Sleeping bag selection
Presumably from what you say aardvark, in addition to shorter lifespan:
High loft low weight, when new, will insulate well from the surrounding air due to air pockets in the bag fill. But will thus provide almost no insulation from the ground as there is less fill, no air pockets, and what fill there is compacts more easily. Is this the case?
"Serious adventurers on remote expeditions requested bags with higher loft from manufacturers due to weight vs performance debate. They in turn did not expect the bag to perform past the expedition as that was the purpose or getting the bag."
I wonder how many of that sort the manufacturers see back within a traditional 1 year warranty.
find a freedom camping Yukon or Denali bag. If sleeping outside go for the Denali as it has the DWR coating (still not seam sealed) I keep looking at the Denali but for me and the camping I do it is too much I have the Yukon and have never been cold but I do sleep warm. I found myself sleeping last April in a hut where people were complaining of the cold in better bags than the 2 mentioned above and I was in my summer bag (mitre10 2 for 50 bucks) with the zip undone.
Yo Madpom !.
Hence groundsheets, closed-cell foam, inflatables, and now insulated inflatables.
Personally, most times I'll take a synthetic. I figure I'll carry a little extra, rather than have a bad situation turn worse because my down bag got wet.
My most used synthetic bag is from The Warehouse.
I also accept that the flip-side of performance is maintenance. Twin Needles in Chch will re-vitalise worn out down bags, and there are special Nikwax down wash chemicals.
ultalite people use sleeping bags with no fill in the bottom because a sno foam has more than enough insulation.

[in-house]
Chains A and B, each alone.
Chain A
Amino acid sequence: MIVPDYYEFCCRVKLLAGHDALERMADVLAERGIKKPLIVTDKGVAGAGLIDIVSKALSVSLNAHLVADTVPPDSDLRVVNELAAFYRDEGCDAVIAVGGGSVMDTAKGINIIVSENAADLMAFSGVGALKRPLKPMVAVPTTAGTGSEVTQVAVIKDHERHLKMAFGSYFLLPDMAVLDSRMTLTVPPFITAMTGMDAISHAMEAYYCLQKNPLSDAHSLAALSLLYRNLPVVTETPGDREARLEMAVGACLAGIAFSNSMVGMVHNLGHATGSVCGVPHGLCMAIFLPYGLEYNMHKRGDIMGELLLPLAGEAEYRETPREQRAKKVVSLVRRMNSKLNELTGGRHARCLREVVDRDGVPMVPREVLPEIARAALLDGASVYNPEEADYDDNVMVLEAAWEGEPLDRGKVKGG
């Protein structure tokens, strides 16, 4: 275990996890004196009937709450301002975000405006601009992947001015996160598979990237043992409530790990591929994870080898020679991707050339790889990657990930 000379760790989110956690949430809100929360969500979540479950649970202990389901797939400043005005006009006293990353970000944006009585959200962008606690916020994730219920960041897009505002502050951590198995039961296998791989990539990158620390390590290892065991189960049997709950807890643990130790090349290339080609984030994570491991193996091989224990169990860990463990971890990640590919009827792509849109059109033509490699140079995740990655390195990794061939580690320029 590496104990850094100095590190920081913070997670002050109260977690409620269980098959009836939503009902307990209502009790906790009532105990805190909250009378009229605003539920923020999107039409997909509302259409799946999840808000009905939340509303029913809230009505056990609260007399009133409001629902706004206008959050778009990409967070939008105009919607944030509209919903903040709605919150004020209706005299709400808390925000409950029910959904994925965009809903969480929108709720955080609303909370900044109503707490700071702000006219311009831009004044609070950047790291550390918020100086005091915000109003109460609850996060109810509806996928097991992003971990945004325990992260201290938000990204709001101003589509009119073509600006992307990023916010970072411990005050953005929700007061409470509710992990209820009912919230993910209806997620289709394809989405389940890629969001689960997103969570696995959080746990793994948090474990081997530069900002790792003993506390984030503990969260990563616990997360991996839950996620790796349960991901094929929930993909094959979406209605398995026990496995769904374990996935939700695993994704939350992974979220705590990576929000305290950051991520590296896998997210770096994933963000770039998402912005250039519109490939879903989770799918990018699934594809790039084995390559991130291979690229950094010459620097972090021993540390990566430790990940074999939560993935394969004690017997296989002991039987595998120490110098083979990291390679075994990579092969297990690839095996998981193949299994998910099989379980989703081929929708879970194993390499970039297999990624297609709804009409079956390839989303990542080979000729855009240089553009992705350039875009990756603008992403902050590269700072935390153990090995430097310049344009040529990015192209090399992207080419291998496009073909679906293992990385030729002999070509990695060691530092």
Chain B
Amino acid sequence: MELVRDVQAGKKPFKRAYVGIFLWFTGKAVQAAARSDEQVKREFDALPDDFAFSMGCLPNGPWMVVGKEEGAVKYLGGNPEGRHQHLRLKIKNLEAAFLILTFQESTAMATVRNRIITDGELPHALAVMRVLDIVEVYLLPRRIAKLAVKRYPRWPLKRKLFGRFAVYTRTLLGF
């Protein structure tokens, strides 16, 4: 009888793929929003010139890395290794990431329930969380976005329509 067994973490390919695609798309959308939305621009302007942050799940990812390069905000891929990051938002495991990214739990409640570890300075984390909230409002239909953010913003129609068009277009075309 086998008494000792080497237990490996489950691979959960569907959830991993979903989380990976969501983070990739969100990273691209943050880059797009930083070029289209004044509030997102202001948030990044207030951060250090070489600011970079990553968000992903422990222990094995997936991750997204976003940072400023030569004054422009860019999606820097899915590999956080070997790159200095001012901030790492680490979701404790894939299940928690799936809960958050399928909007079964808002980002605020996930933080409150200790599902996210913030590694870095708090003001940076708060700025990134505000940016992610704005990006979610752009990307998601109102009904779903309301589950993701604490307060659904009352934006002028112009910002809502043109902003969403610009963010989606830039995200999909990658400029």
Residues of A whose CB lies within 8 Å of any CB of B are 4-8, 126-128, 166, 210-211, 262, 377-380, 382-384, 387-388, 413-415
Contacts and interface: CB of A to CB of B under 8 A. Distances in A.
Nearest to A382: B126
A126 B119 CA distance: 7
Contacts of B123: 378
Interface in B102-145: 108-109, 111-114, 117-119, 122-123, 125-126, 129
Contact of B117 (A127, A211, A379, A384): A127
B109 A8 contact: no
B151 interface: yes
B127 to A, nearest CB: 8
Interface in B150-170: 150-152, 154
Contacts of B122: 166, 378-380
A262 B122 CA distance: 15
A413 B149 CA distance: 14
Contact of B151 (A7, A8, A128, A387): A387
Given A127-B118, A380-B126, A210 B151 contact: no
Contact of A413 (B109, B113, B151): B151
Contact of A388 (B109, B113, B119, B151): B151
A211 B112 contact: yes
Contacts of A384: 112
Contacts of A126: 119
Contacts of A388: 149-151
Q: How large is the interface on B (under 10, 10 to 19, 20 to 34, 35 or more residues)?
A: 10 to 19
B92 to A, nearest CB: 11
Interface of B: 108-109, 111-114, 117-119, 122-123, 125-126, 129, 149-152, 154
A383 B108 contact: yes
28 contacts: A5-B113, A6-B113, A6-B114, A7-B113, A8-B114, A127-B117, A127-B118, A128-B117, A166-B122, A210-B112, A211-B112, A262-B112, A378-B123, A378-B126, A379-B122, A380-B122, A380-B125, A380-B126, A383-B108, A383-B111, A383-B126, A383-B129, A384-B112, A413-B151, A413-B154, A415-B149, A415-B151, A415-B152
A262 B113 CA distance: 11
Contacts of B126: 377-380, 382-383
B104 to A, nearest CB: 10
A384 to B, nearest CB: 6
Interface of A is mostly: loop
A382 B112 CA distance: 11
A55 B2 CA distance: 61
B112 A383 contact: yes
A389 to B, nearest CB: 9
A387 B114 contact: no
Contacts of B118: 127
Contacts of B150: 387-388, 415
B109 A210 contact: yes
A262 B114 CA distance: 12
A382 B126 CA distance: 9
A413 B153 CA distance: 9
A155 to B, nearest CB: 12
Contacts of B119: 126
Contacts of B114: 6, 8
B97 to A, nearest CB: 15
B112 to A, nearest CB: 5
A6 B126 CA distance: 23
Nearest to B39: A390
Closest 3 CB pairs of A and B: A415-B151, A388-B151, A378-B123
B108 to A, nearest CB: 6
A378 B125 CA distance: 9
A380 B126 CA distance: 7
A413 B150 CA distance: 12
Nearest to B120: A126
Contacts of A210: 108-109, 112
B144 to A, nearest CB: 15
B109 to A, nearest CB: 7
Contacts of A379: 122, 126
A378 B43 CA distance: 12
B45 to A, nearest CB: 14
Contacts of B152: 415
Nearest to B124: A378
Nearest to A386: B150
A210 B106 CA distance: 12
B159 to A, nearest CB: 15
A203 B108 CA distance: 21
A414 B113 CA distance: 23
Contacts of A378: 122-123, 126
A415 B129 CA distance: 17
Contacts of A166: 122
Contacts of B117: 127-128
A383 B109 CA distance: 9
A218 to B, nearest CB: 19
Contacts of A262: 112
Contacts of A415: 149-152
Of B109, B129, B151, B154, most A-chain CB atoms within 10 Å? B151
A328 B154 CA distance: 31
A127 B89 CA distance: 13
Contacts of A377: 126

I used to think the same about synthetic bags. The idea of being able to through the bag in the bath with any old wash powder swirl it round then rinse a couple of times then throw on the line is really appealing. Unfortunately old age caught up with me and now the difference between 2kg and 1.4kg (there are bags with the same performance at 0.8kg)is even more appealing
A Warranty will only cover faults in workmanship even if it is a lifetime warranty. Wear and tear is not covered under a warranty.
Madpom, you're right regarding the fill under the body.
I have a specialist bag which has a sleeve on the bottom in which can lie my sleeping mat. There is fill on top eg 400g but nothing underneath. The mat provides the insulation. It then gets a rating bbelow zero. Macpac used to also make one. i can't recall the name at present.
I believe many a mountaineer will carry a synthetic bag and a foam mat (not inflatable due to risk of puncture eg crampons) to reduce the risk of failure in reaching their goals. Particularly if they don't expect a dry environment. The same debate goes for down jacket vs fleece. There's more insulation in a wet fleece than a wet down jacket.
As for seam sealing bags and jackets, it is expensive to do properly and would dramatically reduce the breathability. The vapour has to escape somehow.
The baffling in a sleeping bag can determine the ability to move the down around. U can, on some, move the down to be all on top. eg 700g of down on top, a mat underneath.
Generally, and it depends on the r rating and mat length and thickness etc, a sleeping mat will provide an average of 5 degrees to your sleeping system.
Do not get a warehouse bag. They are not very warm and they don't last. They are cheap and nasty. Bivouac Outdoor do a huge range of sleeping bags which are great for all seasons of the year. If anyone is looking for a descent sleeping bag that will last ages and be warm then go to Bivouac Outdoor. It is much better to buy a sleeping bag from a Outdoors store and pay the extra money than to buy a much cheaper one from the warehouse and have to buy another one in 6 months time because your arnt warm enough of its just not doing its job. Oztrail do sleeping bags which would be alright to use up the mountain but brands like Marmot, Sea To Summit, Exped Outer Limits and Grangers do a really good range worth checking out. Outer Limits is one of the cheaper brands.
afokkens, you're commenting on old posts ovr and over and over.. some of them are a year old. your comments come a bit late...
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